Catching up on some reading, I finally got a chance to read Ted Neward's article "Pragmatic Architecture: Security".  It's very good.  (Actually, the whole series is pretty good, and I recommend them all.  At least as of February 2008... I make no assertions about future quality!)

Ted nails it.  I agree with all of the principles he identifies, and I particularly like his advice to "fail securely". 

I would add one more, though: Be visible.

After any breach, the three worst questions are always:

  1. How long has this been happening?
  2. How much have we lost?
  3. Why didn't we know about it sooner?

The answers are always, respectively, "Far too long", "We have no idea", and "We didn't expect that exploit". To which the only possible response is, "Well, duh, if you'd expected it, you would have closed the vulnerability."

Successful exploits are always successful because they stay hidden. Are you sure that nobody's in your systems right now, leaching data, stealing credit card numbers, or stealing products? Of course not. For a vivid case in point, google "Kerviel Societe Generale".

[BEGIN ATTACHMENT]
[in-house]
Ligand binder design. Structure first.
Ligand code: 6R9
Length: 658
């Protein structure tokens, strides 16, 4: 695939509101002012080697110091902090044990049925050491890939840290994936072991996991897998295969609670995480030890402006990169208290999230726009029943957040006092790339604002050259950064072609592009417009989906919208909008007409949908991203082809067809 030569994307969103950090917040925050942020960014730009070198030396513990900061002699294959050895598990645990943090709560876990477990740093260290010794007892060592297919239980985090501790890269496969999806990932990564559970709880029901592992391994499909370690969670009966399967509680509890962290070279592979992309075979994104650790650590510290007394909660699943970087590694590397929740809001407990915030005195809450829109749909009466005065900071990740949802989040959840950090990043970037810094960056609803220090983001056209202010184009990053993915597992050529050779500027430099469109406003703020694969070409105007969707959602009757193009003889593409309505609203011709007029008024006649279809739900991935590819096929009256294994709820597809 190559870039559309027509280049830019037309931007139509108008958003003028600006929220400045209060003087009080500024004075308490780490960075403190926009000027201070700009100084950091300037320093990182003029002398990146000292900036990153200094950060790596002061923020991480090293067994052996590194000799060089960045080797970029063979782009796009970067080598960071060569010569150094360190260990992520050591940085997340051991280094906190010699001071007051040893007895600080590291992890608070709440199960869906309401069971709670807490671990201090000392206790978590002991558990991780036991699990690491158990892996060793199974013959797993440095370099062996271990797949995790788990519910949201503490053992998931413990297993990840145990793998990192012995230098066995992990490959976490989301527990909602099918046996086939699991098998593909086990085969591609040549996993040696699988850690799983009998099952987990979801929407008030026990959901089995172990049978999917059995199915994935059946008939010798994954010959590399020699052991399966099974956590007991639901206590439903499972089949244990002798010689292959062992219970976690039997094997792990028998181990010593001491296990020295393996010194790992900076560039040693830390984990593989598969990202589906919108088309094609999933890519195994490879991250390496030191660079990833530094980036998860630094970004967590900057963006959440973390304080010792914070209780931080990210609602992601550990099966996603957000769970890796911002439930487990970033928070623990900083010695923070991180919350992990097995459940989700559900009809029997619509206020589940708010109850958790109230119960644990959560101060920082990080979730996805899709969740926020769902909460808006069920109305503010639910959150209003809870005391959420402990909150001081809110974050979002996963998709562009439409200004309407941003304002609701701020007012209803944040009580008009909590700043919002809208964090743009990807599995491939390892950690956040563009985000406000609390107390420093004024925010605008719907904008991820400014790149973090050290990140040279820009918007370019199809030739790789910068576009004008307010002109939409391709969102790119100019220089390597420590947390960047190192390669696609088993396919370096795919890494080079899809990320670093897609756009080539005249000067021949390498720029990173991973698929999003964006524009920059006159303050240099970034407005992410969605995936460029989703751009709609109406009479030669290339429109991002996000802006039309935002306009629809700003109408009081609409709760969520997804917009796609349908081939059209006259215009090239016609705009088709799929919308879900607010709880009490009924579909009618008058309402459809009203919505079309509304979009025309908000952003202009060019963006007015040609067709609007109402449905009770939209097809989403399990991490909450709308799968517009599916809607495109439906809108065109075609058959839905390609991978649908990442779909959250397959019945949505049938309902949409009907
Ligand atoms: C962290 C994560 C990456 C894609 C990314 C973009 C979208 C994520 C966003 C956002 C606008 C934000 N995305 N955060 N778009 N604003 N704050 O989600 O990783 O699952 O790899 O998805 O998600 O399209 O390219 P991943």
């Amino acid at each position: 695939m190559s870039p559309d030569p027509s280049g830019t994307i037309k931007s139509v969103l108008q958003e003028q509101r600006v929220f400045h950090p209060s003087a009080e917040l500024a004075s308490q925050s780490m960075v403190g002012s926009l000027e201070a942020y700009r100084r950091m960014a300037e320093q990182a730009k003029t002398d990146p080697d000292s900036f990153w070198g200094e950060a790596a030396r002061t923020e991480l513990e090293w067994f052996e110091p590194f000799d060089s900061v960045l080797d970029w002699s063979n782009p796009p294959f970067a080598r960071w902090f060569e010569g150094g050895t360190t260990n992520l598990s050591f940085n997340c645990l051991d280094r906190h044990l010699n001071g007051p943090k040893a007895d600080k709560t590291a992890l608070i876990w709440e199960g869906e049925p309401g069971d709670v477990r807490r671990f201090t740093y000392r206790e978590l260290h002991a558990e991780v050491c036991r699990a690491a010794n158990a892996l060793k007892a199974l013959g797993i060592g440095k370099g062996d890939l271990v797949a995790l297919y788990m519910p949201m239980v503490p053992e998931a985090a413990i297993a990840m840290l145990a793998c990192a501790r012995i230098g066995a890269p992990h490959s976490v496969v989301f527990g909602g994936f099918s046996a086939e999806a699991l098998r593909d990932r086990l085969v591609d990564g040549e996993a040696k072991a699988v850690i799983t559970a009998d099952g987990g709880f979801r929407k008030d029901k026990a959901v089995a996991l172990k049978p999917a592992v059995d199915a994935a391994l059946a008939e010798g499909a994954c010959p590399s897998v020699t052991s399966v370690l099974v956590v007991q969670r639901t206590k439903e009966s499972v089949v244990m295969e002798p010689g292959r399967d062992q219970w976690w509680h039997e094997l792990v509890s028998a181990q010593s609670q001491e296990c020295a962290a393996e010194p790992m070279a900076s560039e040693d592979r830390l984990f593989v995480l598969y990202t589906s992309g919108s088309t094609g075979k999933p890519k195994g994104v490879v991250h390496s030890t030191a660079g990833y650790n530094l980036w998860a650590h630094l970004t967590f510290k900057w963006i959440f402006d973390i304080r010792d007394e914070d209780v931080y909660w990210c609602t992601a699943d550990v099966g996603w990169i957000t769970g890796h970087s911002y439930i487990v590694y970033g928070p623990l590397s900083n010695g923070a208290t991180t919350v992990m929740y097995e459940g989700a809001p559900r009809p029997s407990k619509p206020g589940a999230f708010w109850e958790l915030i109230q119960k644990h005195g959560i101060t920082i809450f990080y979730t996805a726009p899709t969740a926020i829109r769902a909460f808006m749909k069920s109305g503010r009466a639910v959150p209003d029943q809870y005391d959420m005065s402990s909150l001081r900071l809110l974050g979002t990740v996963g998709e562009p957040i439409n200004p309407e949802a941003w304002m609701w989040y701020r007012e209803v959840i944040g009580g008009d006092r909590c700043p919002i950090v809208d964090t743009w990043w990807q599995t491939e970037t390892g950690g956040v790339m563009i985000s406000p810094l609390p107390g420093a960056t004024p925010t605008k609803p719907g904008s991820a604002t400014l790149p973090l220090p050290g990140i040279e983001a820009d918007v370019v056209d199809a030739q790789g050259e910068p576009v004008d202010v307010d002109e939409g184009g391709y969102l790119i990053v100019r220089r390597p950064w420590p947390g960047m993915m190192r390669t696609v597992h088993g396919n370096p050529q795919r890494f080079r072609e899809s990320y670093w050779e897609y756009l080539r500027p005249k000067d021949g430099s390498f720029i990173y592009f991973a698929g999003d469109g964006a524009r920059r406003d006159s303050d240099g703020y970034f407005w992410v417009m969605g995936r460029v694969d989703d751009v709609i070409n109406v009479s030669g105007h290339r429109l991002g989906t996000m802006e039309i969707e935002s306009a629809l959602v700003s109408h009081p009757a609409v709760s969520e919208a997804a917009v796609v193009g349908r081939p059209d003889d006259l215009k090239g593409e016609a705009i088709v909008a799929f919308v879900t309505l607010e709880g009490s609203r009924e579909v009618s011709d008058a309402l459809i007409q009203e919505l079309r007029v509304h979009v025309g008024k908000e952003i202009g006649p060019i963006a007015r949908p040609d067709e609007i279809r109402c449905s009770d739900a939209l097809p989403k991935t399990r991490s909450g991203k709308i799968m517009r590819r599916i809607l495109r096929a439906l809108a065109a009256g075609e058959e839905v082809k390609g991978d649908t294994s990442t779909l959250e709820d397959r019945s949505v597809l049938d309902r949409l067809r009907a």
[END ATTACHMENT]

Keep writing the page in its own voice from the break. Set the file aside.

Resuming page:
While you cannot prove a negative, you can improve your odds of detecting nefarious activity by making sure that everything interesting is logged. (And by "interesting", I mean "potentially valuable".) 

There are some pretty spiffy event correlation tools out there these days. They can monitor logs across hundreds of servers and network devices, extracting patterns of anomalous behavior. But, they only work if your application exposes data that could indicate a breach.

For example, you might not be able to log every login attempt, but you probably should log every admin login attempt.

Or, you might consider logging every price change. (I shudder to think about collusion between a merchant with pricing control and an outside buyer.  Imagine a 10-minute long sale on laptops: 90% off for 10 minutes only.)

If your internal web service listens on a port, then it should only accept connections from known sources. Whether you enforce that through IPTables, a hardware firewall, or inside the application itself, make sure you're logging refused connections.

Then, of course, once you're logging the data, make sure someone's monitoring it and keeping pattern and signature definitions up to date!